A dancer poses for a gym selfie to show off her toned biceps – just hours before her hand was ripped off in a freak boating accident.
Kristie Sita was relaxing with friends on the water when a rope attached to an inflatable wrapped around her wrist and severed her hand when she suddenly jerked backwards.
The fitness fan, 21, briefly fell unconscious and woke in the water surrounded by blood.
When she raised her left arm to motion for help, she was horrified to see that her hand was missing.
Kristie, of Vancouver, Canada, was airlifted to hospital where her wound was sealed by wrapping the remains of her palm around the stump.
The severed hand was later found in the water, still entangled in the rope.
But amazingly, Kristie says the accident has changed her life for the better and she has gone on to land top dancing roles and amassed 100,000 social media followers.
Reliving the ordeal, she said: “I kept thinking it was a nightmare. It couldn’t be real.
“In five seconds my life had changed forever.”
Kristie graduated from high school in June 2014 and five days later she celebrated by going tubing with friends in Ruby Lake on the Sunshine Coast in British Columbia, Canada.
Tubing is an activity where thrill-seekers skid across water on an inflatable donut called “a tube”.
Kristie said: “Ever since I was a young girl, dance was the only thing I wanted to do.
“I graduated from high school a year early so I could move to Vancouver from my home town of Sechelt and pursue dance professionally.
“In the morning, my friends and I headed to the lake to go tubing for the day.”
But beforehand Kirstie went for a work out, as she did every day, seven days a week, to keep her body in tip-top condition for her dancing.
She took a picture of herself in the gym bathroom mirror, flexing the sculpted bicep of her left arm.
It would be the last photograph of her left hand.
She said: “Around noon, we were heading to meet another boat.
“The tube was resting on the back because it was too big to fit.
“It fell out.
“My initial reaction was to reach out to grab the rope.
“The next thing I remember, I was in the water surrounded by blood.
“I raised my left hand to say, ‘come get me’, and I didn’t have a left hand.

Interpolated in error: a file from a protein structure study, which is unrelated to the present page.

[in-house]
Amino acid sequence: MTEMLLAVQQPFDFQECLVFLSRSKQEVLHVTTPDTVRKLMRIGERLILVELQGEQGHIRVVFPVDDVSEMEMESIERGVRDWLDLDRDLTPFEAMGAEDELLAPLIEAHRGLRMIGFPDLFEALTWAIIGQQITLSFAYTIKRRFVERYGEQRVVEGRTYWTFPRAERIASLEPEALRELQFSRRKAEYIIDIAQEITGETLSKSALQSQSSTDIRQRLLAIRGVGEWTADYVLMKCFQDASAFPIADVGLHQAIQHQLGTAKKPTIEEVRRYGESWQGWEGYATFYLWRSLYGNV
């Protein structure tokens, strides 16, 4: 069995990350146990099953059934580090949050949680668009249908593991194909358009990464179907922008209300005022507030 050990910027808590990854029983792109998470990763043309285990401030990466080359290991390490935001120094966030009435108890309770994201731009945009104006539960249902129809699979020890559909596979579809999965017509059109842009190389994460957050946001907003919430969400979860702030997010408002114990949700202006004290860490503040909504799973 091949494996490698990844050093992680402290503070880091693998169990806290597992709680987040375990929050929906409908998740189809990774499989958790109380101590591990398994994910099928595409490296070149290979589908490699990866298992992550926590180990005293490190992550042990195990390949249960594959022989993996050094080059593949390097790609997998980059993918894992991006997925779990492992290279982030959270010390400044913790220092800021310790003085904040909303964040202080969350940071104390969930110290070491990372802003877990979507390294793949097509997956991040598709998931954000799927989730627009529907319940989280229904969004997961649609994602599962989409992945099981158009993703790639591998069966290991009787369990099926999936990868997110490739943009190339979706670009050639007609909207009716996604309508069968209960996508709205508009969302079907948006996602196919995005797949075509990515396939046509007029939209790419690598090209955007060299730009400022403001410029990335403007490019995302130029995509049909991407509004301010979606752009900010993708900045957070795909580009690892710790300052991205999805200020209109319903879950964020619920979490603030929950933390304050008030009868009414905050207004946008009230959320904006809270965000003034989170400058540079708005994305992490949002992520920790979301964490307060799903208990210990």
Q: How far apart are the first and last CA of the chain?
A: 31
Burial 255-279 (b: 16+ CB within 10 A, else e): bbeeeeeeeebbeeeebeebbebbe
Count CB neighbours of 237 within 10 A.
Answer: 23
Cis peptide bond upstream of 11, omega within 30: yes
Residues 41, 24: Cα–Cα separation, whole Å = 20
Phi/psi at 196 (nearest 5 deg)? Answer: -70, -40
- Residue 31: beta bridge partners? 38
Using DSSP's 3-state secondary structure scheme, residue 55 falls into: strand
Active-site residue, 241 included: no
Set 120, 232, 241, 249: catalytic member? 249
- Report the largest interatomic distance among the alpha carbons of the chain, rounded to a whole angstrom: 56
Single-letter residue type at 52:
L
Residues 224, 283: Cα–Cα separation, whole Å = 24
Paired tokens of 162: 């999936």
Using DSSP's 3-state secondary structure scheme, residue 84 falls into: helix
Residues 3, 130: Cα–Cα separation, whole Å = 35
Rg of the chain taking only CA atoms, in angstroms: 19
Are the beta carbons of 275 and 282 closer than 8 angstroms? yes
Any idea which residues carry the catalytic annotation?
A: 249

“At that point, I went into survival mode.
“I was treading water.
“My friends pulled me back into the boat.”
Kristie was taken to the nearest helicopter launch in an ambulance and she was then flown to British Columbia’s Children’s Hospital in Vancouver.
She was rushed into surgery where she only had two questions.
“I looked at every surgeon and I asked: ‘Am I going to die?’
“They said I wasn’t.
“I then asked: ‘Am I going to dance?’
“They said: ‘Yes’.”
Even as she was put under, Kristie knew that she was going to be alright.
“I knew that God had a plan for me and that everything would be fine,” she said.
Emergency workers had returned to the lake and had found Kristie’s hand, still tangled in the rope.
She said: “They went back to the tube and found my hand, still attached to the rope.
“They put it in a cooler and it came with me to the hospital.
“But they didn’t reattach it.
“They were worried it would be paralysed or there could have been complications and I would have to get it re-amputated.
“Knowing that I was a dancer and an athlete, doctors decided to leave me as an amputee as they knew they could save so much more of my arm doing that.
“My arm was sewn together by wrapping my palm around the wound.
“My ligaments and muscles were torn around my shoulder.
“They moved some of my muscles down so that my arm could be fully weight-bearing.”
Kristie’s dad Danny, 57, a restaurant owner, her mom Angie, 55, a real estate agent, and her sister Rosie, 23, a shop manager, were horrified to see Kristie without her hand.
She said: “It was my family’s worst nightmare.
“I could see in their eyes that they were worried about my future.
“I did have the feeling that I was going to be OK, I was going to get through it.”
Just two and a half months after her four-hour operation, Kristie was training in the gym again.
She said: “I had two months straight of meeting my surgeon, seeing counsellors, intense physical therapy and pain medication.
“After the first month I went to the gym for the first time with a massive bandage.
“I pedalled on the bicycle because it was the only thing that I could do.
“I needed to sweat again.
“I started dancing in my basement.
“I was back in full on training after two and a half months.”
Today Kristie shares fitness tips on Instagram and Youtube with her almost 100,000 combined followers.
Her professional dancing credits include roles in Disney’s Descendants and the web series Sacred Lies.
Astonishingly, Kristie insists that if she had the choice, she would still reach for the rope that day on the lake.
She said: “If I had the chance again, I’d still reach back for the rope.
“Being an amputee has brought so much love and purpose into my life.
“It’s made me notice the people who stuck with me through the hard moments.
“It’s changed my dancing style.
“When you love something so much and it’s almost taken away from you, it triggers a new passion that makes you work and fight hard.
“When you go through something like that, you know you don’t have endless time.
“I just need to love people like it’s my last day.
“When I look at my arm, missing a hand, I see strength and courage.
“Just because I don’t have a hand doesn’t mean I’m unable to do anything I want to do.”